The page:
coronavirus pandemic

New Strain of COVID-19 ‘Probably Here in CT Right Now'

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A new and more contagious strain of the coronavirus is been detected in Colorado and California this week. Health experts in Connecticut believe it is not a matter of if – but when – the variants of the virus will arrive in other states.

"There is evidence of mutation in the coronavirus,” said Dr. David Banach, epidemiologist and infectious disease doctor at UConn Health. He said he and other medical experts are being vigilant for the emergence of the virus variant.

"We definitely need to be attentive to this new strain,” Banach said. “I think what's important is that we develop the systems needed to identify it."

Scientists in the United Kingdom, where the first variant case was discovered, have been using technology to analyze testing samples to spot the new strain. The U.S. has the capability to conduct that testing as well. However, Banach believes this country needs to build up that infrastructure to better find the variants.

"We don't know the full implications yet and if COVID has taught us anything, it's that we have to be humble with what we know and what we don't know and what we'll be learning in the coming months,” said Banach.

The new strain has been confirmed in a member of the Colorado National Guard who had been deployed to an assisted care facility. Health officials in that state were investigating another possible case as well.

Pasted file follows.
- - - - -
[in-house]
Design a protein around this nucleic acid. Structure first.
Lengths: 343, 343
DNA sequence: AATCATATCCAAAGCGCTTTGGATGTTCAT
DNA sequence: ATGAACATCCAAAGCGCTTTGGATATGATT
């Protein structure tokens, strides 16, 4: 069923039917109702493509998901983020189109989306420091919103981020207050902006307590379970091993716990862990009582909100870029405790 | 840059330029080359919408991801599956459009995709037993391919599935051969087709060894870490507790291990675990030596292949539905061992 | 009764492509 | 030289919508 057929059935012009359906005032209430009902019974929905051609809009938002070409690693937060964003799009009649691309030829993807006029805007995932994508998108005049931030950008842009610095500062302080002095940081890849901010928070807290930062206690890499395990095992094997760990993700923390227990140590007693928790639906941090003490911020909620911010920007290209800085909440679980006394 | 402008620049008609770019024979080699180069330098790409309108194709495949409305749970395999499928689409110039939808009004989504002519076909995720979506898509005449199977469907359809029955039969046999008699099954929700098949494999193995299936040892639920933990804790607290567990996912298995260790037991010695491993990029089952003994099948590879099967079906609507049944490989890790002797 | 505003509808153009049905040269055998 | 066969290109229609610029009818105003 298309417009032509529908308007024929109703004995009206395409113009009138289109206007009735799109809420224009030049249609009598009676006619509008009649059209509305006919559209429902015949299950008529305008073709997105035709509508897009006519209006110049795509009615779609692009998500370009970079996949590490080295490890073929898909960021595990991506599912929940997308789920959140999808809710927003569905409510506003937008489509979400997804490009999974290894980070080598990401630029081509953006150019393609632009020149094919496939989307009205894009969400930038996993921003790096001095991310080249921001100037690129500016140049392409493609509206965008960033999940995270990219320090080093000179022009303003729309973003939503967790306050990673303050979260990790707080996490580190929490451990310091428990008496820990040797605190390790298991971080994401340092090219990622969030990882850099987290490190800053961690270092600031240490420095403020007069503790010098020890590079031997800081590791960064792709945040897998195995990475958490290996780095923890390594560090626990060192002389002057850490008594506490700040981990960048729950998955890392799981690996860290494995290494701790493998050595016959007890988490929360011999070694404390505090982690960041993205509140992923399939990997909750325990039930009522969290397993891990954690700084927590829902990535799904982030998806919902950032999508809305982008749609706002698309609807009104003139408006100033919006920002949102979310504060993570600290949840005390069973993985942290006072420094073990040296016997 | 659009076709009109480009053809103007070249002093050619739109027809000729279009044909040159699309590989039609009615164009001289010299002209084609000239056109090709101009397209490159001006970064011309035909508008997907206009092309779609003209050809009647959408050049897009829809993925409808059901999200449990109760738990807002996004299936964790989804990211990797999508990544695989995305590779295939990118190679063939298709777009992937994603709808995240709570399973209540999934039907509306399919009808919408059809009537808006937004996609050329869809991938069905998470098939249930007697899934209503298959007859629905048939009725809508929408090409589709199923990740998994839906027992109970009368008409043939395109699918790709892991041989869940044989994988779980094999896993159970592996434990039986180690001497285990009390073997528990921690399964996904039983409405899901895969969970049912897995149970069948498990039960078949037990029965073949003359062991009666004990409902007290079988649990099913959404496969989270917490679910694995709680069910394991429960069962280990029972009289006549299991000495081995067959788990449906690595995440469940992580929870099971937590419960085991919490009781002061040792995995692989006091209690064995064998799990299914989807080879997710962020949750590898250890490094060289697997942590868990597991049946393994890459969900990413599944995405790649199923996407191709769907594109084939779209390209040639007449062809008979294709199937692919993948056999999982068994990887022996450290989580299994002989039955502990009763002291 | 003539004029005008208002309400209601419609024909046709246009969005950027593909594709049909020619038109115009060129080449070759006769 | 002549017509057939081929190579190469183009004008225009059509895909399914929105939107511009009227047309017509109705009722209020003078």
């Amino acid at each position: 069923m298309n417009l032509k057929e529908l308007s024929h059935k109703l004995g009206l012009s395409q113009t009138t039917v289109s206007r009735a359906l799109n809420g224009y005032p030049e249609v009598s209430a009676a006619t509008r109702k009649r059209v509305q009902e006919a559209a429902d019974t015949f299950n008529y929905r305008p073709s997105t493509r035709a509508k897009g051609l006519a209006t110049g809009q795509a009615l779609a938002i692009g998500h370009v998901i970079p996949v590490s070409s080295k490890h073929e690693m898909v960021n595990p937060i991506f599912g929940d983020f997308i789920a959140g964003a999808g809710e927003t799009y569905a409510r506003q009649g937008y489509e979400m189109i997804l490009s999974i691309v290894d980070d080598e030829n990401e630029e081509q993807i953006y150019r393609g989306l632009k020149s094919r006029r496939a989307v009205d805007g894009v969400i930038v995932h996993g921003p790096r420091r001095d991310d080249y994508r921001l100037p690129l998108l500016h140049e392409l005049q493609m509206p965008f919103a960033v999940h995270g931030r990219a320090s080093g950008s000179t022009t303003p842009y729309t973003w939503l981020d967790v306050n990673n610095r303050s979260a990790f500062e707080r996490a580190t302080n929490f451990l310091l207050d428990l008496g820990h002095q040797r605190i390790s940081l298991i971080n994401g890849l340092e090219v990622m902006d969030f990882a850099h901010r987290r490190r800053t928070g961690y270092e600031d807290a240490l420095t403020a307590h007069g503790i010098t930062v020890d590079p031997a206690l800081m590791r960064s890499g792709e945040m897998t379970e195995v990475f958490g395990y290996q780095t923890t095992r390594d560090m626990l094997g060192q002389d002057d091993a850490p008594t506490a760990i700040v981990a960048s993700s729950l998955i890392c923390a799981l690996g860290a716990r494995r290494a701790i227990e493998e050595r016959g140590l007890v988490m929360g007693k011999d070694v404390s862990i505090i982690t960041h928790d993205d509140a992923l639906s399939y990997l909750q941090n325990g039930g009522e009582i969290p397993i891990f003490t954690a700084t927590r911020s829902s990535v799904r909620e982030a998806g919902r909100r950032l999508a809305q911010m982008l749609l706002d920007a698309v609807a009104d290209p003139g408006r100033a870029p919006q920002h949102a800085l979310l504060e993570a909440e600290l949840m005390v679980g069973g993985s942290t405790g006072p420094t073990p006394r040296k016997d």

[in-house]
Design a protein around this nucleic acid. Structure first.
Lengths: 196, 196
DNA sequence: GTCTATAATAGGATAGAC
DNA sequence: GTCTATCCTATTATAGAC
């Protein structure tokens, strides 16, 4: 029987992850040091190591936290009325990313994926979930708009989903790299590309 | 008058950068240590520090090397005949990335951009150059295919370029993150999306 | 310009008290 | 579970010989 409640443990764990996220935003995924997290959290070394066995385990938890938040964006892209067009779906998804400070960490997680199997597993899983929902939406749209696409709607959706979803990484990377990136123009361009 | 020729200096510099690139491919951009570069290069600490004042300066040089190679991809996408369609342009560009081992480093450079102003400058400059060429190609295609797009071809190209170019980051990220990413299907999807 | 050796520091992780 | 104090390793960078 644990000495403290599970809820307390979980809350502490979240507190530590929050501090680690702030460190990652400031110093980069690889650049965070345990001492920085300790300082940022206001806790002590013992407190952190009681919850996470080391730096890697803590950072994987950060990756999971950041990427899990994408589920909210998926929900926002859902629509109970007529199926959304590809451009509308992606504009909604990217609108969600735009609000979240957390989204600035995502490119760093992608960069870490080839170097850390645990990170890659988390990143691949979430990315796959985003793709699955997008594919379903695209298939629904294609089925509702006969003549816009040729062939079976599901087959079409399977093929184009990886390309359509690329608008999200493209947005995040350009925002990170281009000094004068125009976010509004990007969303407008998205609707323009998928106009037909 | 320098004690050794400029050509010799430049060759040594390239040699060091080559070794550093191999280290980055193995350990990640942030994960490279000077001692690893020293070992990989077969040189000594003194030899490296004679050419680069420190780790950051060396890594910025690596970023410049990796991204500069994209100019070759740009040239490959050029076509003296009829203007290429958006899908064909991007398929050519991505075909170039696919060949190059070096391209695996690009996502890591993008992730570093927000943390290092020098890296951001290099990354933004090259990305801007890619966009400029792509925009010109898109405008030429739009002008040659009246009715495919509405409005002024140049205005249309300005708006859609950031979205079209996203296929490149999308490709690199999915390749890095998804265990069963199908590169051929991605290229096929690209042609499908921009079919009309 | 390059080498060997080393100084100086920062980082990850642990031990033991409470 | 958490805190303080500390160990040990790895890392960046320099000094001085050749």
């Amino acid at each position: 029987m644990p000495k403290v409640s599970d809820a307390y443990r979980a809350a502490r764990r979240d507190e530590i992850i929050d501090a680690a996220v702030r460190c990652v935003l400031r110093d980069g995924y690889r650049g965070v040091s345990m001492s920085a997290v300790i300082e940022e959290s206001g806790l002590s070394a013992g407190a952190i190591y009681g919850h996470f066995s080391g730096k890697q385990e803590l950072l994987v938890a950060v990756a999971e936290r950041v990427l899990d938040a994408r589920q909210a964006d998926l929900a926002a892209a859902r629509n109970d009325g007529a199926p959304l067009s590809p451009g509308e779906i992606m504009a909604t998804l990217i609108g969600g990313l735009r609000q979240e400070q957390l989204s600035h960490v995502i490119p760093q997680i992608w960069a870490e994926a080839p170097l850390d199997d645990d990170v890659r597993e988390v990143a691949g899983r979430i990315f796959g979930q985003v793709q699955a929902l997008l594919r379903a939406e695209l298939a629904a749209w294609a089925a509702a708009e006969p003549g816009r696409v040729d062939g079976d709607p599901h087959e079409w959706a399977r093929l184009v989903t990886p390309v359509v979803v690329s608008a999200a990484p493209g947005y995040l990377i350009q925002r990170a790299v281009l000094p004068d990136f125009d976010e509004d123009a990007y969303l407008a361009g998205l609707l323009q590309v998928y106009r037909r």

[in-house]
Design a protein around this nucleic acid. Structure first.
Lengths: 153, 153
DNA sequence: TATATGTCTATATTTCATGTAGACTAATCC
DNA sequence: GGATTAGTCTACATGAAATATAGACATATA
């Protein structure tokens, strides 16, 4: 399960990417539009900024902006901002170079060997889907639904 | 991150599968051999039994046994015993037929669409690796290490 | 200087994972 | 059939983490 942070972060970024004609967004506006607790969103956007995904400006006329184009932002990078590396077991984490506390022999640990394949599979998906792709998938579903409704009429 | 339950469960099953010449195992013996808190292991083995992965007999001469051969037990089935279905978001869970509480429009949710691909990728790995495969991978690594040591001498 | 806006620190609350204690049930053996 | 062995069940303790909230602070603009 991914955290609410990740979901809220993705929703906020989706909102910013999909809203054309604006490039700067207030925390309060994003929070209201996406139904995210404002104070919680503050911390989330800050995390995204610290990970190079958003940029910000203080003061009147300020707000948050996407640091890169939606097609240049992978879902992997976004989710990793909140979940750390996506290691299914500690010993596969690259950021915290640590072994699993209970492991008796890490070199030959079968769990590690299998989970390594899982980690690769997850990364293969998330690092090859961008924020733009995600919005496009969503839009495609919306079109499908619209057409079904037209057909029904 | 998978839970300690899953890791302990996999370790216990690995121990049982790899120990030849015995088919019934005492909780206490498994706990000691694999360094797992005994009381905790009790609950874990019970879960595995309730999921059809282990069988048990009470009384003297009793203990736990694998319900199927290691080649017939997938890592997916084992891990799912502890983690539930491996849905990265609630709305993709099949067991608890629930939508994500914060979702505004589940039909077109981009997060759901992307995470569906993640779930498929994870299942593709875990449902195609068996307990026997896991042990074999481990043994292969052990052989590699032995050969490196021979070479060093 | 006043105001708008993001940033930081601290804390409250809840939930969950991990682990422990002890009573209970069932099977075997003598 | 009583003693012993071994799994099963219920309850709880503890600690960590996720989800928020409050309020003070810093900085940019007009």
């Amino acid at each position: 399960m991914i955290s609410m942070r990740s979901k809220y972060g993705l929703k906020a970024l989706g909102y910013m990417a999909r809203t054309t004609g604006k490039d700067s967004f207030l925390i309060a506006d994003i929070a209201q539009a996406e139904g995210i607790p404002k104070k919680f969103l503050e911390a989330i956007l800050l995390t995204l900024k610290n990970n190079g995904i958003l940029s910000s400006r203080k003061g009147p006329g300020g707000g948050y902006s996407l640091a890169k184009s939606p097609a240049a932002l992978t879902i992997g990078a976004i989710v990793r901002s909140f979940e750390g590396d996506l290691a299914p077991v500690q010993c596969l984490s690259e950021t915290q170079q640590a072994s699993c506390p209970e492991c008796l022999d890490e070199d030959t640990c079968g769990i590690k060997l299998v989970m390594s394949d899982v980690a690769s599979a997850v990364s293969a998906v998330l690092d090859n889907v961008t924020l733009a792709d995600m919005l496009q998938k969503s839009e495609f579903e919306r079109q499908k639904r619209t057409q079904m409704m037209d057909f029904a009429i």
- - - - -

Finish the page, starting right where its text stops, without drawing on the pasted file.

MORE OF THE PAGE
“It’s probably here right now,” said Gov. Ned Lamont on Monday. “It’s probably here in Connecticut right now.” Other state health leaders have expressed the same sentiment.

"It's not a surprise. We expect viruses to mutate over time," said Howard Forman, professor of Public Health and Management at Yale University. "As of now, we think this is more infectious but it's unlikely to be more virulent.”

Forman is referring to the findings that the new strain spreads from person to person faster, but that the symptoms are no more severe. Even with vaccines now going into arms, Forman said this is still a critical time.

"It is incumbent upon all of us that our commitment is not just to vaccination, but to reducing current spread,” Forman said.

"It doesn't seem to be causing people to be more sick, more likely to require hospitalization, more likely to die from the infection,” Banach said.

“I think the same protective measures are really critical and potentially even more critical, especially if we have a strain that's more transmissible,” said Banach.

Chief among those protective measures is keeping distance between you and others, avoiding gatherings, practicing good hand hygiene and, most importantly, wearing a mask.

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